- Long-term phasing out of council tax. The problem with this is that, as discovered in Scotland, it might not raise as much as council tax. Income taxes overall would likely have to be much higher to fill the shortfalls.


Policing and fire services precepts could continue to be set by the provinces. Specific/hypothecated precepts could be raised to fund specific services. For example, municipalities could raise a "leisure precept", provinces a "social services precept". This might give the public a better idea of how money is spent at a local level, but it would limit flexibility.

As I said in Part II, cantrefi could continue to raise funds through a dedicated precept as existing community councils do. The cantrefi treasurer would likely decide what level of precept was needed, as well as how that could be spent, and that would go to the meetings for debate and votes.

If the community decided they, for example, needed to raise £25,000 towards an improved road crossing, the treasurer could propose to raise the equivalent amount on the precept – net of any sort of grants or money carried over. It would be down to attendees to decide whether to approve that or not. The process of drawing up budgets at cantrefi level would likely be a year-round process as a result, which might keep people interested.

Fines and Charges

Could local authorities have much greater flexibility in
setting things like fines, as well as charges for services?
(Pic :
Depending on whose jurisdiction it falls under, I'm in favour of giving local authorities much greater flexibility in setting fines and charges. Municipalities should have the complete freedom to set things like parking fines, car park charges, dog fouling and fly-tipping fines. Provinces could set fines for things like smoking on hospital grounds or hospital car park charges (or even keep them free).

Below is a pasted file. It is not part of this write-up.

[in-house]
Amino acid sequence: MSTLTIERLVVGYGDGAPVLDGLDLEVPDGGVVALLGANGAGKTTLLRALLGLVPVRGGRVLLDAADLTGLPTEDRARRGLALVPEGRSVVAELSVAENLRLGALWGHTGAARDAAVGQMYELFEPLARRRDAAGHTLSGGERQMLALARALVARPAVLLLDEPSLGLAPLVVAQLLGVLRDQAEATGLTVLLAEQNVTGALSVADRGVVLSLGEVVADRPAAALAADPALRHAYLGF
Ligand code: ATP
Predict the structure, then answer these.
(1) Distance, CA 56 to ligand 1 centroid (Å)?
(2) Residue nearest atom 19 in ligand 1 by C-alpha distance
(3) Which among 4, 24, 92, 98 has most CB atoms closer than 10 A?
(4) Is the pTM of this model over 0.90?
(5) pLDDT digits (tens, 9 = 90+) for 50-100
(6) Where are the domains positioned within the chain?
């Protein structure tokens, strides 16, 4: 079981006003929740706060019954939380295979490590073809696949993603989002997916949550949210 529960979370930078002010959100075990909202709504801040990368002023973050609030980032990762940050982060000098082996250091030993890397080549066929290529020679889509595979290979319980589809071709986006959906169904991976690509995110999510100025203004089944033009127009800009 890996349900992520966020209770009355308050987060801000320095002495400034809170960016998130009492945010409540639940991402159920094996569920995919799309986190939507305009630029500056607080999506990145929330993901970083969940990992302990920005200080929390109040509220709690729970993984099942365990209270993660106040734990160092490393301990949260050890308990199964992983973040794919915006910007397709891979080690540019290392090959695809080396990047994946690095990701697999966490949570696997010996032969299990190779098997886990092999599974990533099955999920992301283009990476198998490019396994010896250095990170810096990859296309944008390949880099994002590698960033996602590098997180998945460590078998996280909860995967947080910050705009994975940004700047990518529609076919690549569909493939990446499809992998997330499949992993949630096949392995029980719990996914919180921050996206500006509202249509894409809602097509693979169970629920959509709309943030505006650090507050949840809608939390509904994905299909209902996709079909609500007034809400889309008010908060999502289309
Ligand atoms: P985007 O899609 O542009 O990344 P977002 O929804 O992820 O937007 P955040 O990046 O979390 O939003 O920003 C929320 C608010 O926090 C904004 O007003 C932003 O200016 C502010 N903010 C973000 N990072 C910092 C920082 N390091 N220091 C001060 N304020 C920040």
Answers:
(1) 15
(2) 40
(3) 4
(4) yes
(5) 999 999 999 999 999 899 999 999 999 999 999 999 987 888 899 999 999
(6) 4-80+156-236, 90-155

They could set the fines artificially low to generate income as much as discourage behaviour (but that would require more civil enforcement), or they could set them higher to discourage certain behaviours outright. I don't think this should extend to setting prison sentences, but the fines could be unlimited or have a high cap.

As these would count as byelaws or secondary legislation it would be down to the respective legislature to approve/amend and proposals, or even throw them out completely.

Of course, the Senedd could still pass primary legislation to cap charges for things like social care, or still set prescription fees/keep them free, even if health and social care were provincial responsibilities. It would be down to the Senedd to fund those things though, and make up any differences.

Borrowing Powers

Would something like Tax Increment Financing (TIF) enable
borrowing to pay for big developments, whist ensuring that
they remain commercially "deliverable"?
(Pic :
Local authorities already have borrowing powers, something the Welsh Government may not have for several years yet. Maybe now you'll see how small time and ridiculous the Silk Part I recommendations actually were.

I don't think there's any need for major alterations here. "Prudential (unsupported) borrowing" could continue as it is, but expanded to include both municipalities and provinces. "Supported borrowing" – usually led at national level – could also continue, but I would like to see the rules tightened so it can only be spent on significant capital projects.

Maybe there's an argument for giving local authorities a bit more freedom in borrowing – for example, tax increment finance (TIF), where the cost of borrowing is based on future tax revenues that could go up as the result of a capital investment.

For example, a municipality could borrow money to build a new multi-story car park next to a failing shopping centre, and pay off the borrowing through gains in business taxes brought about by extra trade.